Thursday, May 25, 2017

Chew Your Food

(photo credit: My son)

One thing I remember about my grandmother was that she always chewed her food well.  She would be the last one still eating not because she talked too much but because she chewed her food throughly.  I did not inherit this trait from her.  For as long as I can remember, I have been a fast eater.  I know I should chew longer.  As I taught anatomy, I learned how it aids my digestion to chew my food thoroughly.  But somehow I am too often in a hurry.  

This past month, I read Eat Dirt by Josh Axe.  The book talked about Leaky Gut Syndrome and how it could be the cause of many of the health problems affecting people today. In the book, Dr. Axe gave the different ways people experience leaky gut and offered suggestions on how to go about healing this leaky gut. One minor thing that he advocated was chewing our food better and more thoroughly.  Besides improving our digestion, chewing our food allows us to savor the taste of the food, and we end up eating less overall.  So I decided to start chewing my food better.  Why not?  It seemed like an easy enough thing to start. He was right! The food did taste better.  My stomach no longer felt upset soon after I ate because my food was digesting better.  I could probably chew my food even more thoroughly, but for now, I am making progress.  

Chewing my food allows me to enjoy the food that I am eating.  It makes me slow down and focus on the moment.  I also find myself listening better to those at the table with me since I have food in my mouth longer making me less tempted to talk too much.  

Chewing my food allows me to savor and enjoy as well as aids the digestion of my food.  In the same way, I am finding that I need to chew on God's word.  I need to take time to savor and enjoy.  By spending more time chewing, I am able to digest more thoroughly or understand more deeply what His word says.  

I don't know about you, but I often have a tendency to rush through my time with God.  Read a chapter,  pray, maybe journal a little bit, and I am done.  What would happen if I took the time to chew on the word rather then just swallowing it? 

When we eat, we sometimes eat for the nutrition and energy.  Other times we eat to savor and enjoy.  As I read over and chew on a passage, I find it easier to slow down and just savor.  How often we go to the word of God for quick fix, for the nutrition we need.  How different we (I) would be if we (I) took the time to chew on, savor, and simply delight in the word of our Lord and Savior. 

I have been trying to do that more this year-to chew on the word.  Here are a few ways that I chew on the word more thoroughly.

1. Memorization

For this, I use an app called Fighter Verse that is put out by Desiring God.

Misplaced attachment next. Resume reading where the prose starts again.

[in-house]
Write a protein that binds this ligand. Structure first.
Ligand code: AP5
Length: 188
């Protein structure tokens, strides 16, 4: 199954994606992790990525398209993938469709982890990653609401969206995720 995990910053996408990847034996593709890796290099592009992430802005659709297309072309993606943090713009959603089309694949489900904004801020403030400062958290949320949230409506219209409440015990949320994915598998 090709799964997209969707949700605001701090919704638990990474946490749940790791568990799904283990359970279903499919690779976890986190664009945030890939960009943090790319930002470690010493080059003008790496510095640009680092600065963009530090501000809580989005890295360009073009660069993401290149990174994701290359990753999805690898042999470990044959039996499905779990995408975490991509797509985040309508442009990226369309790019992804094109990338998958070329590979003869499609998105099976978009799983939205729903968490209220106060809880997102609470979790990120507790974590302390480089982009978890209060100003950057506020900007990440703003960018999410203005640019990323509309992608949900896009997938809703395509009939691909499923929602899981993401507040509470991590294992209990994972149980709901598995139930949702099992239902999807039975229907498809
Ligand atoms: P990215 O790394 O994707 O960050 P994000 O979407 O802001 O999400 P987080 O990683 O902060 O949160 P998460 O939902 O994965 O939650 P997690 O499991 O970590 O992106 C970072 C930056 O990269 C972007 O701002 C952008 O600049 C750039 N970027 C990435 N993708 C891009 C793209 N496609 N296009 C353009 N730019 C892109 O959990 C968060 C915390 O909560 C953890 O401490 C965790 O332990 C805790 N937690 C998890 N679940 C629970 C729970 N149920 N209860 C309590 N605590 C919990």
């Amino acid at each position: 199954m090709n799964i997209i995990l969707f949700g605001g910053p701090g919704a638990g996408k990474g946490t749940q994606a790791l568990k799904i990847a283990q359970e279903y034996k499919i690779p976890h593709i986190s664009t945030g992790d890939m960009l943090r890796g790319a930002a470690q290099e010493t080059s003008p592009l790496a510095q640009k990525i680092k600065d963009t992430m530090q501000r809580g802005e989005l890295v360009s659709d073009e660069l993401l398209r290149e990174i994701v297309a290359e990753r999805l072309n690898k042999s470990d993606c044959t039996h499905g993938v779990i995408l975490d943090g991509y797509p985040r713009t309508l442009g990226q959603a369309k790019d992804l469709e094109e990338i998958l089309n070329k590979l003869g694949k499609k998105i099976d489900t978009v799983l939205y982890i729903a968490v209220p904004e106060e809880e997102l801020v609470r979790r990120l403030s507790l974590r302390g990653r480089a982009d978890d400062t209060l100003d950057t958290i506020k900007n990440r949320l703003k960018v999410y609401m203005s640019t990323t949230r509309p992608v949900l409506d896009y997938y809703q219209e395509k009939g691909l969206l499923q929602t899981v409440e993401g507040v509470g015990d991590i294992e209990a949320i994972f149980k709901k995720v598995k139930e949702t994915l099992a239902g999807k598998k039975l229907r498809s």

Each week a different verse can memorized by doing quizzes or using the listen/share option.  Even though I only manage to learn a verse every few weeks, the verses I memorized were timely and exactly what I need for that day or week.  As I memorized each verse, I had to remember the specific words.  It gave me time chew on what that word meant and how it fit into the verse or even passage it came from.  For example, Matt 11:28-30 talked about coming to Jesus, he will take our yolk, and his yolk is easy.  In the verse, Jesus says that we are to learn from him.  What are we to learn?  How do we go about learning?  This was a part of the thought process I went through as I memorized and reviewed this verse.

2. With Art

I am not an artist, but I like to try to be creative.  A friend of mine taught me how to take a verse and use different fonts and little pictures to help bring the verse to life.  

As you can see my verses are not fancy but then again the process is for me.  As I write out the verse I am able to spend time chewing on God's word as I change the color of my pen, think about what picture would help visualize the verse, or what words I want to stand out.  This process is not only a good way to  chew on God's word but to de-stress as I let the truth of God's word take hold and the cares of this world slip away.


3. Reading The Same Passage Each Day For 3 or 4 Days

As I work through the book, Read the Bible for Life, the assignments have me reading the same passage or chapter 3 or 4 times over the course of several days.  Sometimes as I read the passage, I am to think about context such as how does culture or theology affect my understanding.  Other times, the author, George Guthrie, encourages us readers to read it each time in a different version.  Each reading has its surprises as the theme can stay consistent but the different wording helps bring a deeper understanding to the passage.  For example, this week I have been reading Romans 8.  In my last reading today in the NLT, the theme of the spirit brings life and will intercede for us was still there.  But the wording of verse 12 stuck out.  "Therefore, dear brothers and sisters, you have no obligation to do what your sinful nature urges you to do."  Yikes, there goes the excuse that I just couldn't help myself.  

I have a friend who listened to Ephesians every day as she ran.  She was memorizing the whole book a verse at a time but hearing it all in context day after day had to be helpful to her understanding of each verse.

What are some ways that you chew on God's word?  I am wanting to try out Lecto Divina in a small group.  Ruth Haley Barton describes it here.  Has anyone ever done it before?  

(Note: the links to Amazon are affiliate links which means if you decide to buy that book I get just a bit towards my book habit at no extra cost to you.)

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